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Thứ Sáu, 20 tháng 3, 2015

Impressions Made On Me By My First Visit to a Big Town*

This article was written before Spring 1961 by Chapman.

I vividly recall my first visit, as a boy of twelve, to a big town. I had hardly been outside the confines of the village where I was born and I had met and talked to no more than a few hundred people; but those few hundred  I knew very well …When I reached the town that I mentioned, I was first overcome by the striking change from the slow and quiet life I had been used to. Surely those swiftly moving vehicles must inevitably collide with each  other – or with us – at any moment, and those tall buildings collapse and crush us all! But I soon forgot those fears and began to notice something even more amazing – the crowds of  people on the pavements who were hurrying past each other without a smile. It gradually dawned on me that not only were they not interested in one another; they were strangers, and apparently  quite content to remain so. It was the lack of friendliness among them, which most deeply distressed me.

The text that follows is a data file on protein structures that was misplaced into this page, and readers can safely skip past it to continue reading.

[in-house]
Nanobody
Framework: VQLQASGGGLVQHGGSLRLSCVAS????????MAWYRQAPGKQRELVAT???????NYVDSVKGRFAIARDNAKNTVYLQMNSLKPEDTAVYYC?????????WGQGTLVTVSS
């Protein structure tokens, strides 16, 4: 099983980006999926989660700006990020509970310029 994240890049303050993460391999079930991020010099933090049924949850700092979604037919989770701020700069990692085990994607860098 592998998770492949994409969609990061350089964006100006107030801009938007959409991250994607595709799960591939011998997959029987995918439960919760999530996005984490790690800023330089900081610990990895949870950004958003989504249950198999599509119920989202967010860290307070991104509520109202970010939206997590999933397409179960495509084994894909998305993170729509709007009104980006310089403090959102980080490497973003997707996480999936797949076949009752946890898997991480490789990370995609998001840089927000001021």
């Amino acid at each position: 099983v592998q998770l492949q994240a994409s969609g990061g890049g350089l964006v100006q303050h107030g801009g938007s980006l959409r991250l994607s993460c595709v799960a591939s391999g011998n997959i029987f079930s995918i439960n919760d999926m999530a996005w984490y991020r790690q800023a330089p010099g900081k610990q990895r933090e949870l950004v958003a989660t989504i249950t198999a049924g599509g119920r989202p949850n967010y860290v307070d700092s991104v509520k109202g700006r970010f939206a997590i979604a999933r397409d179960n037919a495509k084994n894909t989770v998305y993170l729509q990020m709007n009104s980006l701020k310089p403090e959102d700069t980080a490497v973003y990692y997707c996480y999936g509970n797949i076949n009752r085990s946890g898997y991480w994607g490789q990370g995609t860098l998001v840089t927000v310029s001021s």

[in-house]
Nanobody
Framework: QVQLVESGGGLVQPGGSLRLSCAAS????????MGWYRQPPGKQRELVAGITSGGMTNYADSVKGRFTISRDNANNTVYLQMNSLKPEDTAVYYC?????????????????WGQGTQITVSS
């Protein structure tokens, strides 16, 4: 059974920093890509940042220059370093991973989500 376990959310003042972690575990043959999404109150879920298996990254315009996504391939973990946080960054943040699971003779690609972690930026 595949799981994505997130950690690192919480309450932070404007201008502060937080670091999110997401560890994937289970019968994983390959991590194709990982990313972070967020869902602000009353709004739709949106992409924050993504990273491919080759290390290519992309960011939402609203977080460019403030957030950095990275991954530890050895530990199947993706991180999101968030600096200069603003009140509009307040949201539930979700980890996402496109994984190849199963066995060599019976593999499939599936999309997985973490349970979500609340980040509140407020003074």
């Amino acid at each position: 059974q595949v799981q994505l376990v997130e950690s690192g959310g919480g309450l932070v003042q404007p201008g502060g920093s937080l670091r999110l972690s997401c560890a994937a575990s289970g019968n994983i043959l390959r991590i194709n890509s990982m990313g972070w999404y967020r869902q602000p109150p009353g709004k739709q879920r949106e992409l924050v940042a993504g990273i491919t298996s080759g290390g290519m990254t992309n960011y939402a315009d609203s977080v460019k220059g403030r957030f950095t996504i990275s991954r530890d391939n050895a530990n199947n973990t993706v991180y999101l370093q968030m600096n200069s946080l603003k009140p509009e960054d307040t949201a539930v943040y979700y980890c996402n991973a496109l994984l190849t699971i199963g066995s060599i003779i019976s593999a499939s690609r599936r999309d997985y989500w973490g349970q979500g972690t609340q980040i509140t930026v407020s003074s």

I know that if we are to profit from the innumerable mechanical inventions of this scientific age, it is necessary for us to live together in large communities. We are thus enabled to provide and enjoy material benefits which are rarely available in small villages – such a amenities as good sanitation, cheap transport, well-stocked shop – and in addition the very fact of our living together in large numbers make it possible for us to live a richer social and cultural life . . .When I think of those crowded pavements and of those thousands of people hurrying to and fro apparently with no thought for others, I cannot help wondering whether the so-called benefits of civilization in a mechanical age are not being purchased at too high price.

Tran, van Dien, Complete English Essay Course, Saigon: Song Moi, 1961, p.106